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Caner, O’Donnell, Kirk, Blumenthal

So when the Ergun Caner situation came to light I was kind of surprised at some of the reaction and how the communities that accumulated around the issue behaved. I was surprised to hear one side say Caner was a liar pure and simple, while the other side by turns suggested that Caner occasionally misspoke, occasionally exaggerated for effect in a well-understood way, but was and is basically a man of integrity etc. There were times that I thought I was hearing people use language appropriate for a political campaign, especially a campaign in which there are only two candidates to choose from and everything either side knows it knows mostly-to-exclusively through broadcast media. In some instances the model worked pretty well, especially in cases where one side or the other introduced James White as a figure in the discussion of Caner, and whether White’s relative goodness or badness was pertinent to the question of whether Caner was or wasn’t a liar, etc.

So the Caner situation sprang unbidden to mind when I recently heard American Prospect columnist [link] Paul Waldman’s recent appearance on WNYC’s On The Media [link], where he rehashed the major points of his recent article on political lying from The American Prospect [link]. The takeaway, in two bullet points, from Waldman’s article is this:

  • Lying about yourself is worse than lying about your opponent
  • Lying about personal matters is worse than lying about policy

Waldman illustrates his points with recent political examples (all from the right, since Waldman is er left-leaning; the OTM segment mentions Democrats, too, including the current Secretary of State) that I think are helpful in understanding what was so troubling about the Caner situation.

[Christine] O’Donnell appears to have generously padded her resumé, particularly in the area of her educational accomplishments, claiming to have graduated from one institution when she hadn’t and to have attended other institutions when she hadn’t (see here for more details). … But it gives us the opportunity to highlight the rules of lying in American politics and to ask whether they’re serving us well.

And later (emphasis in the original):

Look at what happened to O’Donnell’s fellow Senate candidates Mark Kirk in Illinois, who was caught inflating his military record in multiple ways, and Richard Blumenthal of Connecticut, who said at various times that he had served “in” Vietnam when really he had served “during” Vietnam. This is the kind of lie reporters find outrageous — when candidates make themselves look more heroic or accomplished than they actually are. A lie about your opponent may draw attention, but the discussion will be about whether the attack was out of line; in other words, what you did. A lie about yourself, on the other hand, will spur a discussion about who you are.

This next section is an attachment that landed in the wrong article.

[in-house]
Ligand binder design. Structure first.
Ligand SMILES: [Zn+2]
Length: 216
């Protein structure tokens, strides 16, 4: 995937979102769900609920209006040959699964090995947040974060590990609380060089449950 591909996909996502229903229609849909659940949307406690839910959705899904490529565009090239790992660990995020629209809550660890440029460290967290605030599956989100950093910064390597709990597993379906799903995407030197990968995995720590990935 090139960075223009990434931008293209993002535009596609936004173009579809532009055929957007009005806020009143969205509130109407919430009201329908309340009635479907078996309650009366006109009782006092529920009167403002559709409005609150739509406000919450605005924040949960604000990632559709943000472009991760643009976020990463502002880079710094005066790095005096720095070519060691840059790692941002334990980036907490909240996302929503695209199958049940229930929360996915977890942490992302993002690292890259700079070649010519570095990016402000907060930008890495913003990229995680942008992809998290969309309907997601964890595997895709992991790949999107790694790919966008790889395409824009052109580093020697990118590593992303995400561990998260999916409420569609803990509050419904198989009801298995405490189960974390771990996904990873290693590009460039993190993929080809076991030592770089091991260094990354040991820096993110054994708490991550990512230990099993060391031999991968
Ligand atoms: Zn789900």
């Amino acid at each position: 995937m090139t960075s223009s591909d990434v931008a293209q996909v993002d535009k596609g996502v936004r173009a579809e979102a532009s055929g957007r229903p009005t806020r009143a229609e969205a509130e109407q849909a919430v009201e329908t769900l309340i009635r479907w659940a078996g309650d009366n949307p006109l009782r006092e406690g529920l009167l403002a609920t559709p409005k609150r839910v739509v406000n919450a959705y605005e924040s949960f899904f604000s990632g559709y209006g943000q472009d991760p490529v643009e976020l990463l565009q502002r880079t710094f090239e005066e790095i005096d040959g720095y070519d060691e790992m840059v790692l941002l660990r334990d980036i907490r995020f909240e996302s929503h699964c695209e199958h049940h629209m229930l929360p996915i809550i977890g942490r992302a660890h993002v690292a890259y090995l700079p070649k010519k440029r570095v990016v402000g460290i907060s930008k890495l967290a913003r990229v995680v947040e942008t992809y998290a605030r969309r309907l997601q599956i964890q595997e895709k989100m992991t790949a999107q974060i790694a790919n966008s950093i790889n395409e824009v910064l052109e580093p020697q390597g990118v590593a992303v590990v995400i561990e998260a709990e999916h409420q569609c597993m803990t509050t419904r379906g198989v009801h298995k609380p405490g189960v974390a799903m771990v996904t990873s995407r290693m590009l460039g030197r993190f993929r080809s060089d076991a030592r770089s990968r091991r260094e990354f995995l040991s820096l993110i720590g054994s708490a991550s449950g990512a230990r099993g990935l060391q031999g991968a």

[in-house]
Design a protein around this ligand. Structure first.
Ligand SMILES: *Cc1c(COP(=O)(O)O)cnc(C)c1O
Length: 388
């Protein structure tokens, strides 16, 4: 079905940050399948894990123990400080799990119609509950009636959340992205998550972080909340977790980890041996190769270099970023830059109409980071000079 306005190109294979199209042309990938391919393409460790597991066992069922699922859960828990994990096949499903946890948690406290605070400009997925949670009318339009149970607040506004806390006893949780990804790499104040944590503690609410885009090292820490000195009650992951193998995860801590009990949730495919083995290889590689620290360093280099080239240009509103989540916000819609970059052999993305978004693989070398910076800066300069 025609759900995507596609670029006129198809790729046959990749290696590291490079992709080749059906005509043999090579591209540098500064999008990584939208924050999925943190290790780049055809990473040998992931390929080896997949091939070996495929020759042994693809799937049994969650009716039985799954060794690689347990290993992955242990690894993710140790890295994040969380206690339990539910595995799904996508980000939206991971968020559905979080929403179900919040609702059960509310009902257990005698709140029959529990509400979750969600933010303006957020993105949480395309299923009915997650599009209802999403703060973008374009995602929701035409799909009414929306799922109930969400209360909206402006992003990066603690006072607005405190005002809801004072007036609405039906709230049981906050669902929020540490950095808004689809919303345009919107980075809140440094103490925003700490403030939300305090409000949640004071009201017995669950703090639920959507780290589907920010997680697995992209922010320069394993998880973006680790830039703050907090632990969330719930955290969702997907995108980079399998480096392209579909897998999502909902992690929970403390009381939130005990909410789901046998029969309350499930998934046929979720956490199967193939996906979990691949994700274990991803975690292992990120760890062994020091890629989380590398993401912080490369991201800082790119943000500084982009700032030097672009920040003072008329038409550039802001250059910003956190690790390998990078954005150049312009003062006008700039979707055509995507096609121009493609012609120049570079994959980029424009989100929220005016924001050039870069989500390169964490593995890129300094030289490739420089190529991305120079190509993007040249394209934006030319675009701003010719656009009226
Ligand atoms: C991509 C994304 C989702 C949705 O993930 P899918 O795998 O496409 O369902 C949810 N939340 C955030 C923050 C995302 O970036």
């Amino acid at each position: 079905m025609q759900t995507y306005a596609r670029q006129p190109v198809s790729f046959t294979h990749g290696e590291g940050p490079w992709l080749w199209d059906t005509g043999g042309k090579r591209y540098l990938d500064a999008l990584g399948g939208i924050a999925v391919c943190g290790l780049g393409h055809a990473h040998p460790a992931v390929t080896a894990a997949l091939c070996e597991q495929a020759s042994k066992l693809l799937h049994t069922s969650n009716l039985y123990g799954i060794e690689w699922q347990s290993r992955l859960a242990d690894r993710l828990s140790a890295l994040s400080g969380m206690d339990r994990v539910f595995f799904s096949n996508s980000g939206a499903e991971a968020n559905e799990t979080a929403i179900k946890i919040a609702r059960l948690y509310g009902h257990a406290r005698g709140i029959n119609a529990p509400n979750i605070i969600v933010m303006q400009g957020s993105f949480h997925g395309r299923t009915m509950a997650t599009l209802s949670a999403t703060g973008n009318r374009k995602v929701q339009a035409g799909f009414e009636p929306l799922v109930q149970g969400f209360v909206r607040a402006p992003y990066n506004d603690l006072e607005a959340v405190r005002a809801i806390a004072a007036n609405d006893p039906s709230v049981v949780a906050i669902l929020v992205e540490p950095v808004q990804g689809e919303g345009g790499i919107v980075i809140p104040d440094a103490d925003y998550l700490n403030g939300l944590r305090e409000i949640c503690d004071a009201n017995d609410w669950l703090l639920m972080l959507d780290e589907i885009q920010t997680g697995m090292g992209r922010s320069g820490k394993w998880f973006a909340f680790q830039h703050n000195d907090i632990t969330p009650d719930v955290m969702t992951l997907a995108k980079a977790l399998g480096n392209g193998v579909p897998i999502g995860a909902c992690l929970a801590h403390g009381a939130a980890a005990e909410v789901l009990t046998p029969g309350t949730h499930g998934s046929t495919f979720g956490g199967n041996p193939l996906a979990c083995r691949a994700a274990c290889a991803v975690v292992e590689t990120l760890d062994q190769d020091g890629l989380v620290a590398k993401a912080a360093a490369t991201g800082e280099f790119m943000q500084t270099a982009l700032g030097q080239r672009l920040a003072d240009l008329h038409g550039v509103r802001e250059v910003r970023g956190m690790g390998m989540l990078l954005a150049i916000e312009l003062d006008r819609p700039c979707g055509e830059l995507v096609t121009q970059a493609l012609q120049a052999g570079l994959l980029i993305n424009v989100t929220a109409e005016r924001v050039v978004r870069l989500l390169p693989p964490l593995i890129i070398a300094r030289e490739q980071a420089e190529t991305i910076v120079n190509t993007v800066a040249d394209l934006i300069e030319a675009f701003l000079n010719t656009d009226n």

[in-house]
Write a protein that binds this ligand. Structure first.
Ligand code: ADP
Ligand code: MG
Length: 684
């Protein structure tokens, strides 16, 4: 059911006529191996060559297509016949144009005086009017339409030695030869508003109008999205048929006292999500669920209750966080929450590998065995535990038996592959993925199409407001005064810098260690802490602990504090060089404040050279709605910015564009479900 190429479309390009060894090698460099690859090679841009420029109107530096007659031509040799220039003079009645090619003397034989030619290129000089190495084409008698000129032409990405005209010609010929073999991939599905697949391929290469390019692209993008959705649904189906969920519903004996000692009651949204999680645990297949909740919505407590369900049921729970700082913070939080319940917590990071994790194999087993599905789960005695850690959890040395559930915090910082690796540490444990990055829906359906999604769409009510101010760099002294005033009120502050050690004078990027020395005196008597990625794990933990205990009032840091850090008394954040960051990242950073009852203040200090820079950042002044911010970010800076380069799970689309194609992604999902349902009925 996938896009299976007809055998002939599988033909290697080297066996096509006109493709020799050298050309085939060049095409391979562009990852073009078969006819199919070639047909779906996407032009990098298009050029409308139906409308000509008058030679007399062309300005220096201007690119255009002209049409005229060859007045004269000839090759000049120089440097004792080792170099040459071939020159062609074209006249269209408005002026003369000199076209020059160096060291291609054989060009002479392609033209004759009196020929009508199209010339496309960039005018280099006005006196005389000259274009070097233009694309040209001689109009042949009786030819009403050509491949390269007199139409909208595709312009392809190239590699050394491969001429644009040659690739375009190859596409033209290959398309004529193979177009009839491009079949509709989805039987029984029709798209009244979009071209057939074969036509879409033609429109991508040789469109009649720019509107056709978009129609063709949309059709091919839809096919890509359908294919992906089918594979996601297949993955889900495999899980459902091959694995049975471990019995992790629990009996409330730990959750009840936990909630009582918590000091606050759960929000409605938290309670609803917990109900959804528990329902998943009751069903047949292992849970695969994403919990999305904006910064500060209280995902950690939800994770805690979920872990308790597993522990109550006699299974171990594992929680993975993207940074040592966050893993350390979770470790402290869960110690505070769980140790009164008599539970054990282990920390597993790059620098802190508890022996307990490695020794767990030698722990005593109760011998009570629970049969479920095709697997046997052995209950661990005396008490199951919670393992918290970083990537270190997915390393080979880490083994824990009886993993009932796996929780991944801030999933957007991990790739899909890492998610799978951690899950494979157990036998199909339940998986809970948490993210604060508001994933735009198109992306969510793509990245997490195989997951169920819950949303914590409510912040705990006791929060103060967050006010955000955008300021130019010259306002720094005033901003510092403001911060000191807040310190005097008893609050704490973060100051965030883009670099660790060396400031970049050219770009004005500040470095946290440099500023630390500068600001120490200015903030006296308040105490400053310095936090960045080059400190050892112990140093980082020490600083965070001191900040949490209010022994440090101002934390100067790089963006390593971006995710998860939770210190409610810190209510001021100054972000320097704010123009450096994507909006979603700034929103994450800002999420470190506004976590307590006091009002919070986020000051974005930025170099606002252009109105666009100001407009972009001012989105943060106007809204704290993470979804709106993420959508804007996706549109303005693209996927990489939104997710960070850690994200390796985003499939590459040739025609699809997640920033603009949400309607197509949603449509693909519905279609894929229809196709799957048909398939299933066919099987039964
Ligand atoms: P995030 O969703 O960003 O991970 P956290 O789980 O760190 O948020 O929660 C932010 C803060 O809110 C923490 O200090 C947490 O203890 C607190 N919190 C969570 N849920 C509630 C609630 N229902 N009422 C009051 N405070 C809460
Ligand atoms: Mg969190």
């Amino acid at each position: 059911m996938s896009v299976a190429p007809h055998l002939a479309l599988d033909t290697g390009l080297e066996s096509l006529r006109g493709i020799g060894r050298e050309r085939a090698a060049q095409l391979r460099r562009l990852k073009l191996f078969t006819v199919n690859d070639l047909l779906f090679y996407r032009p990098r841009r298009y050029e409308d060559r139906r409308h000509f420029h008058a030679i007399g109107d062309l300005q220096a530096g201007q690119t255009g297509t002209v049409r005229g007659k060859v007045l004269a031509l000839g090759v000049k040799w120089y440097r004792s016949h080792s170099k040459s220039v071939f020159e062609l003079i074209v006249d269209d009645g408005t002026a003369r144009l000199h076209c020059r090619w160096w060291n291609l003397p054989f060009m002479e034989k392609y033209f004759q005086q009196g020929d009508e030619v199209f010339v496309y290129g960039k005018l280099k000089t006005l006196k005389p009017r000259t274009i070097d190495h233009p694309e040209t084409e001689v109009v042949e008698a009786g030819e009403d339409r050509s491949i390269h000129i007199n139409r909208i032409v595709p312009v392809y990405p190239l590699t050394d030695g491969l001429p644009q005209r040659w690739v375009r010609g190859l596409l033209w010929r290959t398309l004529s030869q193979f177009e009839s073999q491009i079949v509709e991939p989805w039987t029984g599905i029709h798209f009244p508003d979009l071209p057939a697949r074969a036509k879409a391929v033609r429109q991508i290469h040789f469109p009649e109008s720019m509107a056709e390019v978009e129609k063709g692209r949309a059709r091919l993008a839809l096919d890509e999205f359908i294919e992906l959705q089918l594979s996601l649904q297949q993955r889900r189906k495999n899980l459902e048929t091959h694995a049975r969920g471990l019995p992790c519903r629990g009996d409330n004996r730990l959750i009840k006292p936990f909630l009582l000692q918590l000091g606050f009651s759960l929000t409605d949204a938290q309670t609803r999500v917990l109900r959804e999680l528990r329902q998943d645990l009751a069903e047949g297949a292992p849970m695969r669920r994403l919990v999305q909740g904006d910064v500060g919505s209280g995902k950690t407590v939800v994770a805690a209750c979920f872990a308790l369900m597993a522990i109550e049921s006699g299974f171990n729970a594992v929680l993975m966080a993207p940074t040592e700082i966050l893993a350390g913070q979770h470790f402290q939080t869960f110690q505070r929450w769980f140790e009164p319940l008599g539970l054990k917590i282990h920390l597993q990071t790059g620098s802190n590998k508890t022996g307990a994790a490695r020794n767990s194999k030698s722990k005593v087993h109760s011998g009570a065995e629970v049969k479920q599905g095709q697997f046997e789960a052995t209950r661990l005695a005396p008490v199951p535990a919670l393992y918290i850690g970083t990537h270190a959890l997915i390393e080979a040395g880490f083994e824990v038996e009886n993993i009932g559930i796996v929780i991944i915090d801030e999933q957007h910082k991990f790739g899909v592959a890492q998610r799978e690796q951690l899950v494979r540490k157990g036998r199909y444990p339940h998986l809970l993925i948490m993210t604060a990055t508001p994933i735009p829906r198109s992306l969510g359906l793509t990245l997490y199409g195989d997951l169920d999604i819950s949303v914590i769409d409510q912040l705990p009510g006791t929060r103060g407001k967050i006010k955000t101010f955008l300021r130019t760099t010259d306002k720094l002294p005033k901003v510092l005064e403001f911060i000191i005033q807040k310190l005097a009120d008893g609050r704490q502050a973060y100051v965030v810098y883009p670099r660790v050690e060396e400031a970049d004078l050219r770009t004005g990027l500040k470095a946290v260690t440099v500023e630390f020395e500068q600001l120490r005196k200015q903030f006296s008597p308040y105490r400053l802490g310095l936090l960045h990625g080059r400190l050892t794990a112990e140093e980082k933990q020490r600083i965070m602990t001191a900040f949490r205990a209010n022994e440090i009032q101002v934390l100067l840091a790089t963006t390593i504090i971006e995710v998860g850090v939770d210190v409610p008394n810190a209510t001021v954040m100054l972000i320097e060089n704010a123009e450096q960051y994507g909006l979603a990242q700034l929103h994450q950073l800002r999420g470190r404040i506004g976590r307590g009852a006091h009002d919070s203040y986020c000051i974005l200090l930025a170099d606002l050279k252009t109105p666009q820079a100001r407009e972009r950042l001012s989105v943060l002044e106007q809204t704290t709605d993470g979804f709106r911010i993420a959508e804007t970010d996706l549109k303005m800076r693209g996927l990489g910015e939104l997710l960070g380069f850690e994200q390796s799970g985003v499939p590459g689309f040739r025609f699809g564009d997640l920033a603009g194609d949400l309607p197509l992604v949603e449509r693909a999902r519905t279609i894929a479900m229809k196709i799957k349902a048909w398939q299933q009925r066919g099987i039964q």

And finally:

..reporters think policy is less important than “character,” but whatever the cause, candidates can, with few exceptions, get away with murder when it comes to policy.

I don’t know what the analog to policy is in the Caner situation (Doctrine? Practice? Institutional leadership?) but the narrative line Waldman has taken here is helpful for a couple of reasons:

  1. Questions were fairly raised about Caner’s presentation of his educational background, in particular passing off an honorary degree as an earned degree, if memory serves
  2. Caner sensationalized his life experience, presenting himself as an ex-jihadi, or at bare minimum an ex-devout-Sunni who spent a fair amount of time in Turkey, when in retrospect it seems more likely he was a fairly secular Sunni who grew up in Ohio and may never have visited Turkey under any circumstances.
  3. As a result it’s fair to ask questions about who Caner is, in a way it wouldn’t have been fair if he’d simply mishandled a pat sermon illustration.

I guess what I’m getting at here is that when a preacher tells a story from the pulpit, either as an illustration or Heaven forbid the main point of a sermon, there’s a substantial difference between telling a story about say one of his children when in fact the events happened to another of his children, on the one hand, and misrepresenting important facts about himself on the other. Because preachers are public figures, and because they are accountable to their audience only in an indirect sense, we can look at them as if they were politicians running for re-election, as a kind of rough model for our interactions with them and ways in which we might be interested in their integrity and might hold them to one standard rather than another.

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